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Cheese monged

December 15, 2009
tags: ,

If you’ve ever met me, you probably know that I’m made up of approximately 23% cheese, and am trying with all my might to up that number whenever possible. I recently reviewed the Best Food Writing of 2009 for Booklist, and found this preposterous gem of a line: “When you eat cheese, you mainline the uncut elixir of life.” A totally ridiculous thing to say, to be sure, but also kind of great and a sentiment that I can totally relate to. But, sadly enough, I’m a total idiot when it comes to remembering anything when I venture outside of the heavyweight class of cheddars and such. So, in the interest of committing to memory any new cheese dabblings, I’ll use this flog to create a handy reference source for me.

I went in to Whole Foods to get a Gruyere and Emmentaler for fondue, which is what I always use and love to death. But, said I to I, why not dabble a bit? I got talking to the fromage-dealer and nibbled a few samples, and ended up with two slight variations on the theme.

Taking the place of the Gruyere was a Piave. The little sign said it was similar to a Gruyere, but a little sharper. I’m all about sharp, so seemed like a good fit. Also, it was on a killer half-off sale and I’d eaten about half the sample bites so figured I should buy some.

Critter: Cow. Region: Paive River, Italy. Type: Hard. Rawness: Not raw. Also sometimes called a Piave vecchio (“old”) or stravecchio (“extra-old”). Via (who seem to know what they’re talking about):

Piave is named after the river Piave, whose source is found at Mount Peralba in Val Visdende, in the northernmost part of the province of Veneto, Italy. The land surrounding the ancient river is integral to the character of the cheese: it is where the milk is collected, the curd cooked, and the cheese aged until hard. Piave has an intense, full-bodied flavor, reminiscent of Parmigiano Reggiano, that intensifies with age and makes this cheese absolutely unique. Pair Piave with Zinfandel.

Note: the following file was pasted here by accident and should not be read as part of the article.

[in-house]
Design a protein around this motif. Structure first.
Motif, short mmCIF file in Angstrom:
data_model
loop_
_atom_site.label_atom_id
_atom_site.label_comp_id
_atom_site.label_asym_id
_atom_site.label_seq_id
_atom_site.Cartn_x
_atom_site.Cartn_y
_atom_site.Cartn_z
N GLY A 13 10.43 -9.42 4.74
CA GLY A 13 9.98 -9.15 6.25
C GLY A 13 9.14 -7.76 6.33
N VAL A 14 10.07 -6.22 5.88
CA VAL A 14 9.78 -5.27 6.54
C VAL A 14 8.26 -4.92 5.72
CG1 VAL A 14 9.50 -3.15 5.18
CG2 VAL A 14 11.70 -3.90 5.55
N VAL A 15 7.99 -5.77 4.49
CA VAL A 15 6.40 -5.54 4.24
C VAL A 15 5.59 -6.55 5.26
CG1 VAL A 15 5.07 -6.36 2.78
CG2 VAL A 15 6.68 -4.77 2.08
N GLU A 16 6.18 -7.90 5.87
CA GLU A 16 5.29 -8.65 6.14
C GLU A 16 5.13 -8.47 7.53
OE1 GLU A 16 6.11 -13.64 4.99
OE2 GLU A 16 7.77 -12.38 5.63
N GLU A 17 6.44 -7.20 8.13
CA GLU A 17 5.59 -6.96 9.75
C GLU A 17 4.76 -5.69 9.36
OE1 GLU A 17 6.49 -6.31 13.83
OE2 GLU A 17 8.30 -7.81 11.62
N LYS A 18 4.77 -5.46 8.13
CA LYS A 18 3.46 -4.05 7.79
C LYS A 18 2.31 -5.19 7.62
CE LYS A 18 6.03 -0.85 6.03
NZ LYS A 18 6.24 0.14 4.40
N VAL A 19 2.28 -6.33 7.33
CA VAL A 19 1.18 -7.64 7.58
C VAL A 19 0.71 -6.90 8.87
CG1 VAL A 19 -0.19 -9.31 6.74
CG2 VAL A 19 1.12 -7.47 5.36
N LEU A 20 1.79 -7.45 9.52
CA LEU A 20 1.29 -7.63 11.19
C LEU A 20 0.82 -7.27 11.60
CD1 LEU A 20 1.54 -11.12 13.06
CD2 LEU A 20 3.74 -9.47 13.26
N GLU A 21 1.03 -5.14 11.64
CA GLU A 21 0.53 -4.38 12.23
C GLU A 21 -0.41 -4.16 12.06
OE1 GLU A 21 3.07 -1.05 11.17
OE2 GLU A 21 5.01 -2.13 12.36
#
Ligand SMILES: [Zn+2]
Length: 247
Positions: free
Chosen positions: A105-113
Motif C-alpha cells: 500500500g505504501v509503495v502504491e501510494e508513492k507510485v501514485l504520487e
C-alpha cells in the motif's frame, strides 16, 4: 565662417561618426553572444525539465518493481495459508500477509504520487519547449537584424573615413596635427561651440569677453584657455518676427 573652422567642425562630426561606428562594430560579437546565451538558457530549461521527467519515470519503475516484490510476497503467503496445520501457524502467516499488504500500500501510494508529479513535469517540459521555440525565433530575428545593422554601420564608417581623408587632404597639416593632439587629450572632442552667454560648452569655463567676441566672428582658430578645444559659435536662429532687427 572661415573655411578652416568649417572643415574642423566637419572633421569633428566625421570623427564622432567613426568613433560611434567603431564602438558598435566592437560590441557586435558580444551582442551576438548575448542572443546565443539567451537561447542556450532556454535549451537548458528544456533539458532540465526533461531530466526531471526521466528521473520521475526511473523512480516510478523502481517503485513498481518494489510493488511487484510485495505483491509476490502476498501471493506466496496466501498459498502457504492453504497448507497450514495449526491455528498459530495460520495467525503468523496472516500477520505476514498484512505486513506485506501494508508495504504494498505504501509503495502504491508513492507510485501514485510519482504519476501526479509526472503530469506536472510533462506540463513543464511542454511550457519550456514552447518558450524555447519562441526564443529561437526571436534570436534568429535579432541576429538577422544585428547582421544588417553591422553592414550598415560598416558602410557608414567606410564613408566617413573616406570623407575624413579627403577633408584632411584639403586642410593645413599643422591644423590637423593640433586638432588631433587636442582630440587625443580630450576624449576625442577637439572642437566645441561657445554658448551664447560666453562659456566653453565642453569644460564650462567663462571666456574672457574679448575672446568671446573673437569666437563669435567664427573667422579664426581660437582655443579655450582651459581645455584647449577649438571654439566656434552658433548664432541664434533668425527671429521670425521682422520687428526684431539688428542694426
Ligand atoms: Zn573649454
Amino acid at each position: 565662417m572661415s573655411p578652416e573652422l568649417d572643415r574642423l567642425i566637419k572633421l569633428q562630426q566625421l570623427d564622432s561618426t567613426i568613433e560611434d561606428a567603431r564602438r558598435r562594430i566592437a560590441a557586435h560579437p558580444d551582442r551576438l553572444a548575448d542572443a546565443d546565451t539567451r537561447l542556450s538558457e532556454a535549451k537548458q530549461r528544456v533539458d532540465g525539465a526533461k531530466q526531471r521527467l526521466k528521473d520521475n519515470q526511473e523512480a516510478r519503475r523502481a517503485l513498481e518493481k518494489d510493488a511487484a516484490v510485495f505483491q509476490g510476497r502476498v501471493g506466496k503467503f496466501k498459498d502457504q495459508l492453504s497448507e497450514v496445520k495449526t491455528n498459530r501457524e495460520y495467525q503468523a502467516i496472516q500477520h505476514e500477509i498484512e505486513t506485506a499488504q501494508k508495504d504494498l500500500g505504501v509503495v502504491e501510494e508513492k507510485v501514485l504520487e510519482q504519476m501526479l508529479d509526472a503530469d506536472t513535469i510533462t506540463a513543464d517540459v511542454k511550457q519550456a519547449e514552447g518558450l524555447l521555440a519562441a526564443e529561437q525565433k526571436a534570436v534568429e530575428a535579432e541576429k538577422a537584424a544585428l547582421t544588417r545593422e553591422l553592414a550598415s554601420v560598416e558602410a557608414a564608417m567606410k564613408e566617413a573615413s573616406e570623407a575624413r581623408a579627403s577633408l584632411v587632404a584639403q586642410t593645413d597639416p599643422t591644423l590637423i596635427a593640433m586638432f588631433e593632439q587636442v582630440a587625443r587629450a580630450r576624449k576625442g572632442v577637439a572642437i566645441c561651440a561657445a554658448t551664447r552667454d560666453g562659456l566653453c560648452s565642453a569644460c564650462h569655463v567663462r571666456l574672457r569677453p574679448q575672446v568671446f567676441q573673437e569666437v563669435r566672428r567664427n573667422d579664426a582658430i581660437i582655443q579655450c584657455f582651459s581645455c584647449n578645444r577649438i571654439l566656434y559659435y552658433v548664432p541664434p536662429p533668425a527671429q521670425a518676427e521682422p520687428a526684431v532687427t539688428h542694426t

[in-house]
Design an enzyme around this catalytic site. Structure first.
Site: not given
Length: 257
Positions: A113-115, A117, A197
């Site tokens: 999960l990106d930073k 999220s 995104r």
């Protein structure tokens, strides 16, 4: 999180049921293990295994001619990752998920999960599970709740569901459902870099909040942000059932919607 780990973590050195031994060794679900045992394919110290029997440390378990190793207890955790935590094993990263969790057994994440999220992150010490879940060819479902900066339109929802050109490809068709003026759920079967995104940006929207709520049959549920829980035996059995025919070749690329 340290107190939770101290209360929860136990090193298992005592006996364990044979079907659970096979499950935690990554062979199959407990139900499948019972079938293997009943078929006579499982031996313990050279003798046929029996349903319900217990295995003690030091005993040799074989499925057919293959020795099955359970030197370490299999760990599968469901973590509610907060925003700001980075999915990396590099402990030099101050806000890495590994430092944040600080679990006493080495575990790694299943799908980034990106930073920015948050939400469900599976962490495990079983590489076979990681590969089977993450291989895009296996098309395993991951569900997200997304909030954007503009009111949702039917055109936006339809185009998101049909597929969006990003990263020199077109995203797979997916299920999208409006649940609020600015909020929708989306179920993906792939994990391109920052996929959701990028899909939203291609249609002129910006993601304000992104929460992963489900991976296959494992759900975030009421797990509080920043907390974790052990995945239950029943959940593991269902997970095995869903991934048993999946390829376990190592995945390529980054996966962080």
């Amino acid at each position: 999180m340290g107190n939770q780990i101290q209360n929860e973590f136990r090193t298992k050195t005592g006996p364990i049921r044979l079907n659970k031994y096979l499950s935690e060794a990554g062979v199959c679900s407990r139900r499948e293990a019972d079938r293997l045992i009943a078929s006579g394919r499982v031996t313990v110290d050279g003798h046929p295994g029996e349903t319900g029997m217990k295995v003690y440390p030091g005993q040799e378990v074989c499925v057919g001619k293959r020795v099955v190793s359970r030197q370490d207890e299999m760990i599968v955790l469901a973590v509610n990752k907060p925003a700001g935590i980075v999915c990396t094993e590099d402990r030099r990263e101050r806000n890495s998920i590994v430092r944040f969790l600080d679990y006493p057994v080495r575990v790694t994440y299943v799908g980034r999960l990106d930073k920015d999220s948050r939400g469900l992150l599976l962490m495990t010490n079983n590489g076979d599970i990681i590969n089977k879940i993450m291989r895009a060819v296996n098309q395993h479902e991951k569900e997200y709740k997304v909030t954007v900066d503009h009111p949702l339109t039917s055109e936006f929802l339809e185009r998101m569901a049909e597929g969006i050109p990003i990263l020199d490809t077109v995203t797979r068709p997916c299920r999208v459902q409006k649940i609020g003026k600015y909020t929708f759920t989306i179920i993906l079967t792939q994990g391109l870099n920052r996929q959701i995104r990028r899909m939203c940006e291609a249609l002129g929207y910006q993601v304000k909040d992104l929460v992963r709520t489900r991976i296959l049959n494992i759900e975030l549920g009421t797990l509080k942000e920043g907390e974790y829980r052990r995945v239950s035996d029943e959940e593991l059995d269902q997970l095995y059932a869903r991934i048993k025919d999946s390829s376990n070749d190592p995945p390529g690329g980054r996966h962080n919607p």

And, in place of the Emmentaler was (/checks label) a Vacherin Fribourgeois. This one came after much deliberation with the cheese guy, but mainly I thought if I was going to get all snooty I might as well get a cheese whose very name will make the proletariat rise up and smite me. Plus, neato rind.

Critter: Cow. Region: The Fribourg canton (what’s a canton?), Switzerland. Type: Semi-firm. Rawness: Raw! Again, I’ll let lay the groundwork:

Vacherin Fribourgeois is a hearty and potent Swiss cow’s milk cheese with a semi-soft to firm texture, depending on age. Selected by master affineur Rolf Beeler, Vacherin Frigourgeois is an “old fashioned” Vacherin with an uneven, craggly rind and harsh edges. Its taste is grassy, nutty, and with the perfume of fresh-cut hay. The flavors increase when melted, and, as such, Vacherin Fribourgeois makes an excellent fondue cheese. Pair this cheese with Pinot Noir.

New life goal: become a master affineur. Second new life goal, find out what an affineur is. Anyway, sure enough these two did make a lovely fondue, with a perfect consistency, though it probably won’t supplant the Gruyere-Emmentaler standard. We made sure to do a little lasting before they got thrown into the melt. I have a pretty crappy palate, so my mental tasting notes go something along the lines of “The Vacherin is a pretty good cheese, while the Piave is a really good cheese.” But if I had to play the game, I’d say that the most memorable thing was that the Vacherin really did smell awfully barny. Didn’t taste barny at all, but there you have it.

Ready for dippin’.

And primed for scrapin’. This is the incredible treat at the end of fondue–a quarter-inch thick shellac of crispy cheese cracklins. Bliss.

2 Comments leave one →
  1. Shannon permalink
    December 16, 2009 3:45 am

    Ian – this fondue looks delicious!! I enjoyed reading about your cheese experience :).

  2. December 27, 2009 1:59 pm

    Piave is an all time favorite of mine….go find some robusto for a treat with crystallized salt within.

    Also, next time at wholefood, ask for a taste of the truffle cheese from Italy….OMG!

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